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§ 18.23 Disqualification of representatives.

(a) Disqualification -

(1) Grounds for disqualification. Representatives qualified under § 18.22 may be disqualified for:

(i) Suspension of a license to practice law or disbarment from the practice of law by any court or agency of the United States, highest court of a State, Commonwealth, or Territory of the United States, or the District of Columbia;

(ii) Disbarment from the practice of law on consent or resignation from the bar of a court or agency while an investigation into an allegation of misconduct is pending; or

(iii) Committing an act, omission, or contumacious conduct that violates these rules, an applicable statute, an applicable regulation, or the judge's order(s).

(2) Disqualification procedure. The Chief Judge must provide notice and an opportunity to be heard as to why the representative should not be disqualified from practice before the Office of Administrative Law Judges. The notice will include a copy of the document that provides the grounds for the disqualification. Unless otherwise directed, any response must be filed within 21 days of service of the notice. The Chief Judge's determination must be based on the reliable, probative and substantial evidence of record, including the notice and response.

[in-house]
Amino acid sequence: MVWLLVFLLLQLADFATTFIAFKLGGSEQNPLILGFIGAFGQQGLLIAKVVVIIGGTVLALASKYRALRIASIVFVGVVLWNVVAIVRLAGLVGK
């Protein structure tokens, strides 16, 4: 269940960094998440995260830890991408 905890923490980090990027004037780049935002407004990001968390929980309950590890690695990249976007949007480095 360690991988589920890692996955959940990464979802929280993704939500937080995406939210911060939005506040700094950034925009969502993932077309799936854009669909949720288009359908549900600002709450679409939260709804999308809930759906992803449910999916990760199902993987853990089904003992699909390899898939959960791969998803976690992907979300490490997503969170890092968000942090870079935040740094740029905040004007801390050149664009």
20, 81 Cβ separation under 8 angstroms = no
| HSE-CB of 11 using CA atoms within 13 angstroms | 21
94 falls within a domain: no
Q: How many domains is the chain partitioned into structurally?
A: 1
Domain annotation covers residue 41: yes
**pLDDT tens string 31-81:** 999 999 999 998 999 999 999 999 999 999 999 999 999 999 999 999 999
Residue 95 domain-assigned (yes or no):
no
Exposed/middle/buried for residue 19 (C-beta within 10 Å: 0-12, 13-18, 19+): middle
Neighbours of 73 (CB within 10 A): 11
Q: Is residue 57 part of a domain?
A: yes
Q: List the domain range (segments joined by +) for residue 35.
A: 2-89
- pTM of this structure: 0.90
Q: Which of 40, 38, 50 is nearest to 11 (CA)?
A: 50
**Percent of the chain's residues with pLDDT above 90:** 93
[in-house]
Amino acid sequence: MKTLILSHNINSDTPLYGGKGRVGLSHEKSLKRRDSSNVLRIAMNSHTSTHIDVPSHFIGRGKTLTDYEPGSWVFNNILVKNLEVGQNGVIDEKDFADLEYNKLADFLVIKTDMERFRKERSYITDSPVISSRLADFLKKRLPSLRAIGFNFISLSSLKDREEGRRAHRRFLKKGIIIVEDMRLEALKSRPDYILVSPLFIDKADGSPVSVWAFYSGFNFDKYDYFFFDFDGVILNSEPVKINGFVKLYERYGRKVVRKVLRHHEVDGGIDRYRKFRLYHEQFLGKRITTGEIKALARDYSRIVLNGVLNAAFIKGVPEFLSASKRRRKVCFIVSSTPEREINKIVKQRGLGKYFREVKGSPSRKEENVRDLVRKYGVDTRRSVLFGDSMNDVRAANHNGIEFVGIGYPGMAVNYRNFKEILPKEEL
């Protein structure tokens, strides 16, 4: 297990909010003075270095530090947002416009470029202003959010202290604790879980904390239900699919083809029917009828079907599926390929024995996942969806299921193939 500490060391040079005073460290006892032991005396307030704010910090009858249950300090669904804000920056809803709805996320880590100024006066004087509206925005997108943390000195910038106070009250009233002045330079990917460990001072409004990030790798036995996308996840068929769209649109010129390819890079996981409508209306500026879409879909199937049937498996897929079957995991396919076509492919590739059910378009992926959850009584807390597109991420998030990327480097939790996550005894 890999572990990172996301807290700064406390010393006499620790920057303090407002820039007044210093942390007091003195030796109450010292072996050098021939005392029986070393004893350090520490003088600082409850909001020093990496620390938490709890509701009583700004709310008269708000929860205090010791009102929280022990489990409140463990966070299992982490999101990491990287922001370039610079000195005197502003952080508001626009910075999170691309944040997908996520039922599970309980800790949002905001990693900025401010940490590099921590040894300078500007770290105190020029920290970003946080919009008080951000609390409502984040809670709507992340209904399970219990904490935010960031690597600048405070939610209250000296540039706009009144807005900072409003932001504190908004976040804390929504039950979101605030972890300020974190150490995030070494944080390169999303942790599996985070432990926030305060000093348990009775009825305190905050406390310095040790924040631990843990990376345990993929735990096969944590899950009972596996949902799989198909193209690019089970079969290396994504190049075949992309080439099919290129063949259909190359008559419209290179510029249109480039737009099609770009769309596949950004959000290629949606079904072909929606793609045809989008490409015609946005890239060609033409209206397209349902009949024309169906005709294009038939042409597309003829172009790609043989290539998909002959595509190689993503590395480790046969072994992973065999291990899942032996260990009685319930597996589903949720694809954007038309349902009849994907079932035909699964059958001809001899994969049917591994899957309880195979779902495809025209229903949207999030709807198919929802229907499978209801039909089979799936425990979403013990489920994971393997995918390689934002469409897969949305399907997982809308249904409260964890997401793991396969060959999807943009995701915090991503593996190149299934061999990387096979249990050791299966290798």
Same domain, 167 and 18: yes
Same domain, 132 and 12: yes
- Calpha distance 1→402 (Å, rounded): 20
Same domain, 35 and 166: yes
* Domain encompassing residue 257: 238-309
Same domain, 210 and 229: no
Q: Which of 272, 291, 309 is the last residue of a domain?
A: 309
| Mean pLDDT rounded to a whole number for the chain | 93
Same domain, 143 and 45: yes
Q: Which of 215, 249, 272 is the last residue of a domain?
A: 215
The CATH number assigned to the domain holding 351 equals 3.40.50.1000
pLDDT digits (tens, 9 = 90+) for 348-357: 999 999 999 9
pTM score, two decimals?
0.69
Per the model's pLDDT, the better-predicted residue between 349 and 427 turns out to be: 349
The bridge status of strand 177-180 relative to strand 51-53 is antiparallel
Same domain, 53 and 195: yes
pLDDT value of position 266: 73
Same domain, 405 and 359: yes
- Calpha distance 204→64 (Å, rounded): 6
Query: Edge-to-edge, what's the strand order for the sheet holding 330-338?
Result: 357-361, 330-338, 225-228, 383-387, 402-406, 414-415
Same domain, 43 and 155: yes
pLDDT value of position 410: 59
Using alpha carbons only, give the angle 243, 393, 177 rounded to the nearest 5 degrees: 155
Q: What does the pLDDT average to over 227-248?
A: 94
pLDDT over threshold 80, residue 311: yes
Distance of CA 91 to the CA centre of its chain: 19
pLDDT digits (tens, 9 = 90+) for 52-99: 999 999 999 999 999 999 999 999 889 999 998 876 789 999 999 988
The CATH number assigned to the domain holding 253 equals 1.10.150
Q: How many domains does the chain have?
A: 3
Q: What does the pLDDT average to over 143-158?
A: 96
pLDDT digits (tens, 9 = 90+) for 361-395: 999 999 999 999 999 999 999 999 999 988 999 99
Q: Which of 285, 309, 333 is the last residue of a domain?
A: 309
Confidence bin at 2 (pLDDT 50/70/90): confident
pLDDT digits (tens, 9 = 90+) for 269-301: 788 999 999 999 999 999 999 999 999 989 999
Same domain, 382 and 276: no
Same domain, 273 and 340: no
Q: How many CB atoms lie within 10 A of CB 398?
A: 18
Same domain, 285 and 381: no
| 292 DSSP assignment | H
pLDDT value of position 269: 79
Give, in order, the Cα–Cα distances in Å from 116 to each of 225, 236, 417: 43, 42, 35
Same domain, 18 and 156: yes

(b) Notification of disqualification action. When an attorney representative is disqualified, the Chief Judge will notify the jurisdiction(s) in which the attorney is licensed to practice and the National Lawyer Regulatory Data Bank maintained by the American Bar Association Standing Committee on Professional Discipline, by providing a copy of the decision and order.

(c) Application for reinstatement. A representative disqualified under this section may be reinstated by the Chief Judge upon application. At the discretion of the Chief Judge, consideration of an application for reinstatement may be limited to written submissions or may be referred for further proceedings before the Chief Judge.

This is a list of United States Code sections, Statutes at Large, Public Laws, and Presidential Documents, which provide rulemaking authority for this CFR Part.

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United States Code
Presidential Documents

Executive Order ... 12778